When The Inquirer cranked to life on June 1, 1829, its editors promised to support the rights of common people and oppose the abuses of corrupt government.
Remarkably, over 180 years, that commitment hasn't changed. The paper still insists that freedom of the press is the fuel that powers the engine of democracy.
What has changed over that colossal span? Pretty much everything else.
And, most of all, this: Time and space have collapsed.
When George Washington died, it took weeks for the news to travel from Virginia
to Kentucky. Word of Abraham Lincoln's death reached the back country within days. On Sept. 11, 2001, people watched the attack on the second World Trade Center tower as it happened.
Today, no one feels as if he or she needs to wait until tomorrow for the news, least of all the people who write and edit The Inquirer. In this region, The Inquirer - as a newspaper and as a news-gathering organization - remains the source where people go to find out who has been elected or indicted, what stock is going up or what building burning down, who won, who lost, and how.
The distance of 180 years is best measured not in terms of what was, but what wasn't.
In 1829, Temple University, the Philadelphia Zoo and the Phillies did not yet exist. There was no Academy of Music, no Philadelphia Museum of Art. Eastern State Penitentiary, built for the ages and opened a few months after the newspaper, is today a hulking, haunted tourist attraction.
The Inquirer appeared just after Andrew Jackson was inaugurated as the country's seventh president, and the timing was no coincidence. The paper aimed to support the new president and his vision of democracy, at a time when people were questioning whether having a single, conjoined nation - the United States - was such a hot idea.
The Inquirer started in June and was sold in November - and was better off for it. Increasing rates of literacy, marked advances in printing, and a rising city population - near 80,000 in 1829 - drove the growth of Philadelphia's newspapers. At least seven were battling for readers.
Owner Jesper Harding obtained the first American serial rights for several of Charles Dickens' novels, a grand coup. Later his paper joined others in printing The Raven by Edgar Allan Poe. The Inquirer hired Mark Twain - but not to write. Samuel Clemens labored in a back shop as a compositor.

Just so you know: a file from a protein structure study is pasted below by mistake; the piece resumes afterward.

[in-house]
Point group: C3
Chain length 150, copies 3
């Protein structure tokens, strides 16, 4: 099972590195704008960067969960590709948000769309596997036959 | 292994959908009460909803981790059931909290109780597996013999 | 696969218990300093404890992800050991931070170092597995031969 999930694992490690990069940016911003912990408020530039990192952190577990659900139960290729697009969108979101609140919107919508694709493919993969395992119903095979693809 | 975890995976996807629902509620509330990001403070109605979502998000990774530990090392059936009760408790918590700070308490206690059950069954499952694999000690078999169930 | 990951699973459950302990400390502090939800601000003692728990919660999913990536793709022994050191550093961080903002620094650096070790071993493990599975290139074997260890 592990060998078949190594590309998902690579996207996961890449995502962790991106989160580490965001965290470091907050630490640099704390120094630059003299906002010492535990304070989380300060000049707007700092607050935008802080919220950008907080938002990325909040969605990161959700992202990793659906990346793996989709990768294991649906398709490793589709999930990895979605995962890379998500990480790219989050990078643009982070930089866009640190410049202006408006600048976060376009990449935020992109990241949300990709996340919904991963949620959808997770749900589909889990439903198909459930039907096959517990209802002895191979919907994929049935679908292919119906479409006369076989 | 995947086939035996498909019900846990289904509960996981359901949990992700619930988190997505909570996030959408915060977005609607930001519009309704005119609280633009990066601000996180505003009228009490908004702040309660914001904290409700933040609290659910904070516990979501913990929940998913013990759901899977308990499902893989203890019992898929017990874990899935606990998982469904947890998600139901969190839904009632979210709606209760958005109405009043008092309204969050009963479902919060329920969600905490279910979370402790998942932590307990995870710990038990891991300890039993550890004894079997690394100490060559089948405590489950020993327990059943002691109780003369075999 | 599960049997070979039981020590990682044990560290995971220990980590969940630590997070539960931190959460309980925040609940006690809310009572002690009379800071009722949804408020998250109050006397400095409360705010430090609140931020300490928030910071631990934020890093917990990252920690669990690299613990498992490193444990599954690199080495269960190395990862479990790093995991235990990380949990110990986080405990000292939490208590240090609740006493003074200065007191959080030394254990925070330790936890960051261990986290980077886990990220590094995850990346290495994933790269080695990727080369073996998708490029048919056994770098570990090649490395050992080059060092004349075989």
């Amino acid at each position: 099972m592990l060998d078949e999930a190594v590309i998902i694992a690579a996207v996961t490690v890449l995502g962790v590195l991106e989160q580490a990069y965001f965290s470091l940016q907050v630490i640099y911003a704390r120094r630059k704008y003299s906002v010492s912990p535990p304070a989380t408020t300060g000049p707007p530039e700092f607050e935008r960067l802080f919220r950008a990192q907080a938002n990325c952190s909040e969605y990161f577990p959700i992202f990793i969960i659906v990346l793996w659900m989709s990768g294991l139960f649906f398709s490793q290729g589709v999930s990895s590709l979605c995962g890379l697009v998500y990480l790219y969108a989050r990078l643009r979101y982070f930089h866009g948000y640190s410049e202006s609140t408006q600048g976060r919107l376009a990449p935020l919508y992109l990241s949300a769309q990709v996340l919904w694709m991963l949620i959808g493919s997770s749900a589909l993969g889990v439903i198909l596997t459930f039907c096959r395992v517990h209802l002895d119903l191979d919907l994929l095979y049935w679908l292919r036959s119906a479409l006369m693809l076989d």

In the newsroom, what was true in Twain's time is true today: The journalists at The Inquirer believe that a free and vibrant press is crucial to providing readers with information they need to be informed citizens.
Inquirer journalists take enormous pride in pointing out an onerous government policy, alerting people that a good cause needs help, or warning about potential harm from tainted foods or dubious investments. Their critical reporting is their patriotism.
It's one reason why, when reporters leave the paper - because they've grown tired or disillusioned, or more often these days, because they've been bought out or laid off - many tend not to do very well in other trades. Journalists aren't good at corporate rah-rah. They are poor fits for companies that have no institutional bias toward truth-telling.
The same technological revolution that created Philly.com, and that speeds news to your BlackBerry, sapped newspapers of some of their most profitable advertising.
In February, The Inquirer and its parent company filed for Chapter 11 bankruptcy protection - perversely, at a time when huge numbers of people are consuming its journalism.
Eventually, the paper may not be printed on paper at all. The Inquirer will change. It has always been changing. For three decades it was called the Pennsylvania Inquirer. The paper founded in Jacksonian democracy was by the 1930s known as the Republican Bible of Pennsylvania.
The people who started The Inquirer printed ink on paper because that was the most efficient means to distribute the news. Today, that's no longer true. But that doesn't mean there's not news. Just the opposite, there's more news - and more demand for information - than ever.
Some people think the miracle known as the Internet is already becoming unwieldy, and could be supplanted by something else, something faster and more convenient. Something that would be the newsprint of its day.
Each new technology succeeds the last. Each generation replaces the previous. But there is always news. There are always people who want to report the news. There will always be truth-tellers.
Contact staff writer Jeff Gammage at 215-854-2415 or firstname.lastname@example.org.